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Acute pancreatitis

Acute pancreatitis is a disease characterized by acute inflammation of the pancreas.
Acute pancreatitis is most frequently due to gallstones (40%) and alcohol (30%). Other minor causes include ERCP (5-10%), surgical complications (5-10%), drugs (< 5%), hypertriglyceridemia (2-5%), trauma (< 1%), infection (< 1%) and autoimmunity (< 1%).
The incidence of acute pancreatitis ranges from 13 to 45 cases per 100,000 person-years.
Disease course
In patients with acute pancreatitis, localized tissue damage causes activation of pro-inflammatory cytokines, leading to a systemic inflammatory response that can progress to multiple organ failure and early mortality. The compensatory release of anti-inflammatory mediators plays a role in causing increased susceptibility to septic complications, such as infected pancreatic necrosis, and contributes to late mortality.
Prognosis and risk of recurrence
Mortality associated with acute pancreatitis is approximately 1-5%, and the recurrence rate is approximately 20%.
Key sources
The following summarized guidelines for the evaluation and management of acute pancreatitis are prepared by our editorial team based on guidelines from the American Diabetes Association (ADA 2024), the United European Gastroenterology (UEG/ESPEN 2023), the American Society for Gastrointestinal Endoscopy (ASGE 2023; 2015), the American Gastroenterological Association (AGA 2020; 2018), the World Society of Emergency Surgery (WSES 2019), the Eastern Association for the Surgery of Trauma (EAST 2017), the Canadian Best Practice in General Surgery Group (BPIGS 2016), the American Society for Clinical Pathology (ASCP 2016), the European Association for the Study of the Liver (EASL 2016), and the American College of Gastroenterology (ACG 2013).


1.Screening and diagnosis

Diagnostic criteria: as per EASL 2016 guidelines, diagnose acute biliary pancreatitis in patients with upper abdominal pain, altered pancreatic and liver biochemical tests, and gallbladder and/or common bile duct stones.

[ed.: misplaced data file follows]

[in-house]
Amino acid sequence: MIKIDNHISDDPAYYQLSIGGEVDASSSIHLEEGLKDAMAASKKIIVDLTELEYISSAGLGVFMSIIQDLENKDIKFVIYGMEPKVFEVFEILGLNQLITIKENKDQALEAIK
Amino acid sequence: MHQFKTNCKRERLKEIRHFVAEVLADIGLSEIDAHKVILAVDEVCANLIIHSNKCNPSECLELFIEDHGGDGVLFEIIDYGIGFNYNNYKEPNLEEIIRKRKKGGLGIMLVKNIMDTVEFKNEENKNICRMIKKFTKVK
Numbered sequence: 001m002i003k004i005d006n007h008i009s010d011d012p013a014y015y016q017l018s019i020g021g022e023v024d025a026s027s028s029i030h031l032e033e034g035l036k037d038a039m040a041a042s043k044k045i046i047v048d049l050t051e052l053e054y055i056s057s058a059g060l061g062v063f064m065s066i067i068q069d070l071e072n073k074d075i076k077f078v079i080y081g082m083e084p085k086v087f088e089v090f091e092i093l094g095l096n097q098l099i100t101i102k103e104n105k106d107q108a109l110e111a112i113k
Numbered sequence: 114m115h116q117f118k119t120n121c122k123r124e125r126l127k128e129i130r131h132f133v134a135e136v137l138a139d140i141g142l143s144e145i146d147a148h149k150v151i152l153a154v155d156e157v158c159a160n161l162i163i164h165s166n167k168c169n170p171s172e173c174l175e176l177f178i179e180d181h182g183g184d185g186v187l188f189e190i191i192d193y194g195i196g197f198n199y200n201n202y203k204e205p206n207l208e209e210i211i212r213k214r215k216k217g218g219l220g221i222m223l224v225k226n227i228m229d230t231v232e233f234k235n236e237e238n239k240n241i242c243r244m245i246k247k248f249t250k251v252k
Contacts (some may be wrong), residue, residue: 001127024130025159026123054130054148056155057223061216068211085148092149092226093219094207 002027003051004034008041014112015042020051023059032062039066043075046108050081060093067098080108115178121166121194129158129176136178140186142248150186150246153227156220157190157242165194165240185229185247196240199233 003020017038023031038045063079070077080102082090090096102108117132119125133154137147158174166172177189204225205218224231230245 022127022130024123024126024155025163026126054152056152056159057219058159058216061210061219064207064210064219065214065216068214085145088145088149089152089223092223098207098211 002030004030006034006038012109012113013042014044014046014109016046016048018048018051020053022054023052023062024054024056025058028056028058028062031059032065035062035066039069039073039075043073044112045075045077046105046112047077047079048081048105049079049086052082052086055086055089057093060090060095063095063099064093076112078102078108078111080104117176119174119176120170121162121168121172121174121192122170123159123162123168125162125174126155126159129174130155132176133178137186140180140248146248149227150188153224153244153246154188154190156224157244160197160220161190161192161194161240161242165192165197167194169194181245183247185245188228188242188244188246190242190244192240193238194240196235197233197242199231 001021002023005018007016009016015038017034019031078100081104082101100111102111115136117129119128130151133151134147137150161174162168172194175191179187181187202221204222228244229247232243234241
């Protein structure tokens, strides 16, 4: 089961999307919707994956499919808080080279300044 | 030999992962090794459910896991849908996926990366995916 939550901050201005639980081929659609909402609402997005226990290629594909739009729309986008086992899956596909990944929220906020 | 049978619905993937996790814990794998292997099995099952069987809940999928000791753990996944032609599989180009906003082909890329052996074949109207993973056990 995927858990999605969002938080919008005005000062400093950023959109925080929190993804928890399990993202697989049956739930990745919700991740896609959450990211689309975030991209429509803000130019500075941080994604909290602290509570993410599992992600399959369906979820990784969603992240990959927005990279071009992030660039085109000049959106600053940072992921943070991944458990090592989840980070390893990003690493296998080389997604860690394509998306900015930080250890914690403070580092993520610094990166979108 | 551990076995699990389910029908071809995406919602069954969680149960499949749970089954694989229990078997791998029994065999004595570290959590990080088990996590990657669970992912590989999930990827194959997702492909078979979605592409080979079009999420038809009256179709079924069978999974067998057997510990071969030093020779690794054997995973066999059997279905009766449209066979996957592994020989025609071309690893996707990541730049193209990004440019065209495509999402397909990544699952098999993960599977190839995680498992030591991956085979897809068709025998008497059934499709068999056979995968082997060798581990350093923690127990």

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2.Classification and risk stratification

Risk assessment: as per WSES 2019 guidelines, consider using the new classification systems, the determinant-based and revised Atlanta classifications, for the diagnosis and assessment of severity of acute pancreatitis.
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3.Diagnostic investigations

Serum lipase and amylase: as per WSES 2019 guidelines, use 3 times the upper limit as the cut-off value of serum amylase and lipase.

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  • CRP

  • Additional laboratory tests

  • Abdominal imaging (ultrasound)

  • Abdominal imaging (CT/MRI)


  • Evaluation for underlying cause

4.Diagnostic procedures

Endoscopic retrograde cholangiopancreatography: as per AGA 2018 guidelines, avoid performing urgent ERCP routinely in patients with acute biliary pancreatitis and no cholangitis.

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  • Aspiration of peripancreatic fluid collections

5.Respiratory support

Mechanical ventilation
Perform mechanical ventilation if oxygen supply, even with high flow nasal oxygen, or CPAP are ineffective in correcting tachypnea and dyspnea in patients with acute pancreatitis.